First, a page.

The Arab Spring opened a window of opportunity to revise democracy support in a direction that better reflects local interpretations of citizenship and rights, but external actors have yet to take full advantage of that opening, according to a new analysis.
The Arab Spring led the EU and United States to try to reshape democracy support in the Middle East and North Africa toward more local “ownership” of reform, argue analysts Emiliano Alessandri, Rosa Balfour, Nicolas Bouchet, and Richard Youngs. But this led to little innovation in the face of barriers to political change and shifting priorities. With prospects of democracy receding in many countries, the EU and United States must pay more attention to how local people see rights and citizenship — even if sensitive issues emerge. Support should aim for genuine policy dialogue on different concepts of democratic citizenship, using these as entry points for cooperation where high-level change is blocked, they write in a new Policy Brief for the German Marshall Fund:
Despite the rhetoric, democracy was in fact not the top U.S. priority even at the height of the uprisings or in the initial transition period, and the engagement was uneven. There was genuine diplomatic support and democracy assistance for Egypt and Tunisia, and an unprecedented attempt to work with elected Islamists that faded in Egypt as disillusion with the Muslim Brotherhood grew. Democracy NGOs such as the National Endowment for Democracy (NED), International Republican Institute, and National Democratic Institute were active but faced growing barriers, most notoriously in Egypt. By early 2013, the United States was moving back to prioritizing security and stability, focusing on core issues (the Arab-Israeli peace process, the Iran nuclear deal, terrorism and violent extremism), and restraining itself on democracy. ….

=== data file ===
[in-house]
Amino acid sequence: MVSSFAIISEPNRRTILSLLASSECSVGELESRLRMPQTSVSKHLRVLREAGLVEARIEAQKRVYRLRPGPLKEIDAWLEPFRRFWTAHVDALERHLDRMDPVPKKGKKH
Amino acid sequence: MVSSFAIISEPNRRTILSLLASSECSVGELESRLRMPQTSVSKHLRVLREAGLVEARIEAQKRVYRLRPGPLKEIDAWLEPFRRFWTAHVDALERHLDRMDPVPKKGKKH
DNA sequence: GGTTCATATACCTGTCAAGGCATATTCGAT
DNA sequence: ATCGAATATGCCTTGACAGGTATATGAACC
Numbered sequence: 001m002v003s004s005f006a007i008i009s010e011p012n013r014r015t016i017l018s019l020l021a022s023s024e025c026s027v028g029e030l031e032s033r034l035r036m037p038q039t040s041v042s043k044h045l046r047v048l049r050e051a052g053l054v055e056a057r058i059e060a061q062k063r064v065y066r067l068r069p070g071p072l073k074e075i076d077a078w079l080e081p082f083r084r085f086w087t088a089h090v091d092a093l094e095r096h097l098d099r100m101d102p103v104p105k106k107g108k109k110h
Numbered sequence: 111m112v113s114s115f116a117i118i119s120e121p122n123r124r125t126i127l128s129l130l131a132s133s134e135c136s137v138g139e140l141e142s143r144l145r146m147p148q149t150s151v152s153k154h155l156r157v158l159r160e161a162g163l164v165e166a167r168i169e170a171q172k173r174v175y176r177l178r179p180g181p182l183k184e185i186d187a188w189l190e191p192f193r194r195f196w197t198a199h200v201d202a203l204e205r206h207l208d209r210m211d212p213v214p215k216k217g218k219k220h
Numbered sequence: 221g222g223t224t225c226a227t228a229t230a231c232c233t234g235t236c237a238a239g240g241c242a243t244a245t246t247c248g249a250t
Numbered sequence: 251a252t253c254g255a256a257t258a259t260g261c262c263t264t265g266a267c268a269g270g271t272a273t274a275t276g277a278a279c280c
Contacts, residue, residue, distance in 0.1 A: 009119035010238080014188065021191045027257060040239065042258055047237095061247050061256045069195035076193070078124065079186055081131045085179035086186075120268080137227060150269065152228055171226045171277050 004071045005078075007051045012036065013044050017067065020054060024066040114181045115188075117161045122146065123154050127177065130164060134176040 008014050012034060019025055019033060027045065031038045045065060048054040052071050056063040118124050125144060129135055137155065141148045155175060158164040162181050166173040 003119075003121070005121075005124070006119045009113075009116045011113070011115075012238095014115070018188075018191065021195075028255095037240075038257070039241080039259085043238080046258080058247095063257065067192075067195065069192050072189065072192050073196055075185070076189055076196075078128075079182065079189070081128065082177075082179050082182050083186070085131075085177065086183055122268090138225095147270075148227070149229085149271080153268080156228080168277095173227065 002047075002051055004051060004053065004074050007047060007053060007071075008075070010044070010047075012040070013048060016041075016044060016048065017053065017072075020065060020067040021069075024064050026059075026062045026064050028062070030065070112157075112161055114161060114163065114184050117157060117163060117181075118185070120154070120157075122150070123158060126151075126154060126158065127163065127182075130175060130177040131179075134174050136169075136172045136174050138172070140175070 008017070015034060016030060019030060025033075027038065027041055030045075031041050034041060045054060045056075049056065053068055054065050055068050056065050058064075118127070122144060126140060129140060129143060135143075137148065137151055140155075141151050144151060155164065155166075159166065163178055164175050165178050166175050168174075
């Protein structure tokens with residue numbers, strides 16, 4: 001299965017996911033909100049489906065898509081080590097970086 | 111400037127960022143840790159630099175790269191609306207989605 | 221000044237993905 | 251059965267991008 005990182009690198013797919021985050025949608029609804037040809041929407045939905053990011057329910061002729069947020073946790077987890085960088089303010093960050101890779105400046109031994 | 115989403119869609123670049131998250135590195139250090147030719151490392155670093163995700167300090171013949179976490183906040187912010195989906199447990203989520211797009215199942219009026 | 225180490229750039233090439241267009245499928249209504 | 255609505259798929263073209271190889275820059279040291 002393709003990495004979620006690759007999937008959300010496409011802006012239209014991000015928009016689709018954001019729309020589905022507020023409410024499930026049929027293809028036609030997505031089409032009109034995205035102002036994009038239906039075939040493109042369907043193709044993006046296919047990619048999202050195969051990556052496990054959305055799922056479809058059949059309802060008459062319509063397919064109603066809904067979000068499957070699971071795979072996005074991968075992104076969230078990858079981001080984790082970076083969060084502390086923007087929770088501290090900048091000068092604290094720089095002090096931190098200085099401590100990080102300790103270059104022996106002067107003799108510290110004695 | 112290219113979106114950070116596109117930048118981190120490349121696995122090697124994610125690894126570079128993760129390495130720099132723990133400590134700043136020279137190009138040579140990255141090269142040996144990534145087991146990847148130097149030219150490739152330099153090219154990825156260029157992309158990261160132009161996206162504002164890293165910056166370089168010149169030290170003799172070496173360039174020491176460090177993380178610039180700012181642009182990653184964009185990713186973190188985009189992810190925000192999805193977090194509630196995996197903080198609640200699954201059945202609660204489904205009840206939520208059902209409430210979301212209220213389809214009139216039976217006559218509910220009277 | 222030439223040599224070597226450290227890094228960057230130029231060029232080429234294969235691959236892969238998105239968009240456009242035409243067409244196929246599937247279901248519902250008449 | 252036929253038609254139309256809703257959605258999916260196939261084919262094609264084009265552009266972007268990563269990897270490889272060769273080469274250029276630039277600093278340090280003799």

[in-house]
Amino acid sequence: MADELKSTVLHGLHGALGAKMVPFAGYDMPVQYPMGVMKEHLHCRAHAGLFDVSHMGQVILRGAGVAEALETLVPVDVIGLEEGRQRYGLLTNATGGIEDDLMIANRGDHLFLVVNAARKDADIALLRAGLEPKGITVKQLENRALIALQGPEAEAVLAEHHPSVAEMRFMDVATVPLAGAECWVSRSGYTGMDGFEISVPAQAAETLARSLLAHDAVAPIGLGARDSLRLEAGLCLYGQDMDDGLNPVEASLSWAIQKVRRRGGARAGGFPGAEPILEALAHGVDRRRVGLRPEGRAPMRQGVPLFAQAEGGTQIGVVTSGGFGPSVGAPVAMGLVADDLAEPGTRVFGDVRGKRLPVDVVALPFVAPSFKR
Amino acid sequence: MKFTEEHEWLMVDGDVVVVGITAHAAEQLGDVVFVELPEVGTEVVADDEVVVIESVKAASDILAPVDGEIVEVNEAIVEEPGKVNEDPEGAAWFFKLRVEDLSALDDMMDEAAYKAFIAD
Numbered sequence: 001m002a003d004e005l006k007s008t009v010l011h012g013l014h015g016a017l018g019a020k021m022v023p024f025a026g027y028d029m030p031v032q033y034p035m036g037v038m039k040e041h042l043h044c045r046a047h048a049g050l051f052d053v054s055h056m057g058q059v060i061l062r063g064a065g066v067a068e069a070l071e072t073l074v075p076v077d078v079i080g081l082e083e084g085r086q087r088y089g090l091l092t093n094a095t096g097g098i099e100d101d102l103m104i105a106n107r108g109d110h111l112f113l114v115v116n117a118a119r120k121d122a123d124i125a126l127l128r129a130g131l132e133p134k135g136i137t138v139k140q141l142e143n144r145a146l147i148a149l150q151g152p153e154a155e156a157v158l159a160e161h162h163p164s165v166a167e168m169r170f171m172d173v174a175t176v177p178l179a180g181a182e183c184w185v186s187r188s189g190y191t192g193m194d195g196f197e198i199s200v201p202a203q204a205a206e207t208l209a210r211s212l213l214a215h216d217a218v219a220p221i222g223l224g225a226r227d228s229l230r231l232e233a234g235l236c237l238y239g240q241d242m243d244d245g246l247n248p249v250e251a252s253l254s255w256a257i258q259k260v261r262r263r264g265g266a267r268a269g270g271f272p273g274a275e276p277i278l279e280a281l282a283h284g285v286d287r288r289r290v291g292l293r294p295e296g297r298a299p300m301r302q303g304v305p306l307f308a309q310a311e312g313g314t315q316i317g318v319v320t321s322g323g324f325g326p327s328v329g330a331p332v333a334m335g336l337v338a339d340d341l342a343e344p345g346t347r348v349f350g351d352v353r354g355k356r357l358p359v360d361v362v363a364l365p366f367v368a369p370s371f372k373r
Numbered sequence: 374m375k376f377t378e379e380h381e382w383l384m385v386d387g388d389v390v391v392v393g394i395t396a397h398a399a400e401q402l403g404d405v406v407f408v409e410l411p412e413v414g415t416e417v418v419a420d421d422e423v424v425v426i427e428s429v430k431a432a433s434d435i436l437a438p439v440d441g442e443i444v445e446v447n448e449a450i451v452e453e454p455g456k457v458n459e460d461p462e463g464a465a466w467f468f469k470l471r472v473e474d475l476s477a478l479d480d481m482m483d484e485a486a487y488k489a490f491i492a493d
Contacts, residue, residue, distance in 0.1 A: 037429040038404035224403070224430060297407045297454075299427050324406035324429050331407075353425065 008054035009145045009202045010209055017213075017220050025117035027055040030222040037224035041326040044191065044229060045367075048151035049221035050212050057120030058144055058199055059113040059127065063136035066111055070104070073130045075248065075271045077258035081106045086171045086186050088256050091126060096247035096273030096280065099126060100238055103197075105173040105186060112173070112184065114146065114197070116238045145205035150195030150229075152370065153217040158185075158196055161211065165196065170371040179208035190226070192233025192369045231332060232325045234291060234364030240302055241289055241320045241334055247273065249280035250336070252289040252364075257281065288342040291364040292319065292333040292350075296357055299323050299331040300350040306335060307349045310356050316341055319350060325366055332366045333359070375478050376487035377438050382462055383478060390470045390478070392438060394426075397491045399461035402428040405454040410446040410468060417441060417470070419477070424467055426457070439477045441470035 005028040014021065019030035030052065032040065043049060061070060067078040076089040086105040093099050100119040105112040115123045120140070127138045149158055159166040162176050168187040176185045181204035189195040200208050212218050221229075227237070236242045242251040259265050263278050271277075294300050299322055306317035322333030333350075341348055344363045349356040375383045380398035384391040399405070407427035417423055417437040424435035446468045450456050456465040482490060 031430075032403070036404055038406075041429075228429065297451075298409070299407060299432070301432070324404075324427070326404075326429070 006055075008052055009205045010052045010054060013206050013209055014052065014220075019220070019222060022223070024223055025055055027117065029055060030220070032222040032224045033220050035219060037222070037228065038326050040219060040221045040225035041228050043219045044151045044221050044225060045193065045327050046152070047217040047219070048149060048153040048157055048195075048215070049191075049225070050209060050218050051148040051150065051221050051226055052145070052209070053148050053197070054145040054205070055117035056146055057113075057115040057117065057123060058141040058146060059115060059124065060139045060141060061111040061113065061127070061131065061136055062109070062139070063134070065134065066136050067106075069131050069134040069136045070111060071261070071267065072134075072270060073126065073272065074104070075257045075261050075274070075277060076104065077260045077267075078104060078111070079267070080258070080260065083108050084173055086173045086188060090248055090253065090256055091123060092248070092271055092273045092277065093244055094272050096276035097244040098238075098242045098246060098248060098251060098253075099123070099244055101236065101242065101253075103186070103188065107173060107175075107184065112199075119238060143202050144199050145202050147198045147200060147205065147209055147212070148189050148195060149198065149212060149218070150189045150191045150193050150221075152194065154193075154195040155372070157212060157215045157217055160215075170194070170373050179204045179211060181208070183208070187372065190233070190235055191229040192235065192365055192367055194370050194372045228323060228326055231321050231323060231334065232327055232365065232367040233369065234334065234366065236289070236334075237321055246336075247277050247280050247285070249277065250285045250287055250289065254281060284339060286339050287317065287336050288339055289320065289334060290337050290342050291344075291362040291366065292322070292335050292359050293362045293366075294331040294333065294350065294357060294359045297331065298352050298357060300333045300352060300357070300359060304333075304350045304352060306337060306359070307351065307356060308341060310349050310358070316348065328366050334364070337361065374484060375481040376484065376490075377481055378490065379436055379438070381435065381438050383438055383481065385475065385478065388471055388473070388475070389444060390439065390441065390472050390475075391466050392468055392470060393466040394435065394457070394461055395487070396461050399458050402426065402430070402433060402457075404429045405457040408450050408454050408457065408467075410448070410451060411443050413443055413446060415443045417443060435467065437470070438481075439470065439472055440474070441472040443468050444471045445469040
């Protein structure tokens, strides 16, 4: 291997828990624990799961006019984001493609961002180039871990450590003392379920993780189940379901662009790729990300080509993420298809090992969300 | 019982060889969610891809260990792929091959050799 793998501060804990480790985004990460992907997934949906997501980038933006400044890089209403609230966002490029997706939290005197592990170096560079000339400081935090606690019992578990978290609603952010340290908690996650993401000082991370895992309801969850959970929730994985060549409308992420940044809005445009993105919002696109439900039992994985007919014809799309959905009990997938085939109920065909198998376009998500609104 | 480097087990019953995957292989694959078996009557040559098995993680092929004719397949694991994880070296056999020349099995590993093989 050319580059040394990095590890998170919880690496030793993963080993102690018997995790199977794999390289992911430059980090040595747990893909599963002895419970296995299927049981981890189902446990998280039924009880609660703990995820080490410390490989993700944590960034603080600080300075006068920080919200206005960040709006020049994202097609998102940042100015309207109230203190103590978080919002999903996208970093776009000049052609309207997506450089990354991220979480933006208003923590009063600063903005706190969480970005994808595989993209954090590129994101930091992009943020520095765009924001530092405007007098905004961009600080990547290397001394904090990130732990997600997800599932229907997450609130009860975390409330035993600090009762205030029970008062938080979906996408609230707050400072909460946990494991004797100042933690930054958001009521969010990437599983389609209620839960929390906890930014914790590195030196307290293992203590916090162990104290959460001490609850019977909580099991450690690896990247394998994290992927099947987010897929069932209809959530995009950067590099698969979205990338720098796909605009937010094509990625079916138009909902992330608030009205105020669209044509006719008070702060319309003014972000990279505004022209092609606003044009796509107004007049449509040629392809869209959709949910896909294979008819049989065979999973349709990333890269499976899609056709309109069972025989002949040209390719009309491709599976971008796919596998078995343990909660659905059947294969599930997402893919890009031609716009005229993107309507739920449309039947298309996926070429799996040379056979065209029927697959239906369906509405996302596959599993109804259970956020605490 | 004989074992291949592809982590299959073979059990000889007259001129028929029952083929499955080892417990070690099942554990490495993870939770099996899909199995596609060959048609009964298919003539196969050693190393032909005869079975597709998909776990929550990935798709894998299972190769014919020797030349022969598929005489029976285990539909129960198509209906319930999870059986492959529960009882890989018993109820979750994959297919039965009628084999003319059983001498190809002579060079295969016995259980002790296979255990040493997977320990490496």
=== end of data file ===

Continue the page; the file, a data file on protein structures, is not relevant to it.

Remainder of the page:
EU delegations have been empowered to reach out to local grassroots organizations. The EU adopted a stronger focus on democracy and human rights through the new Strategic Guidelines on Human Rights of 2012 and two subsequent implementing action plans. The new European Endowment for Democracy also started operating in 2013 and has since funded initiatives across the region.
It is clear that for the foreseeable future, political relations between Egypt, Morocco, and Tunisia, the EU and its member states, and the United States will continue to be driven by security and economic concerns, the analysts conclude:
Yet it is equally clear that citizens’ underlying grievances that ignited the Arab Spring cannot be addressed without political reform in the region. Western policy must not merely continue its democracy support, but make sure that such support is better nuanced and tailored to local needs. EU and U.S. approaches to reform must be more sophisticated in circumventing the many negative developments and obstacles that multiply in today’s MENA region. The unprecedented debates about citizenship in which Egyptians, Moroccans, and Tunisians have taken part since the Arab Spring have opened a window of opportunity to revise democracy support in a direction that better reflects local interpretations of citizenship and rights. External actors have yet to take full advantage of that opening.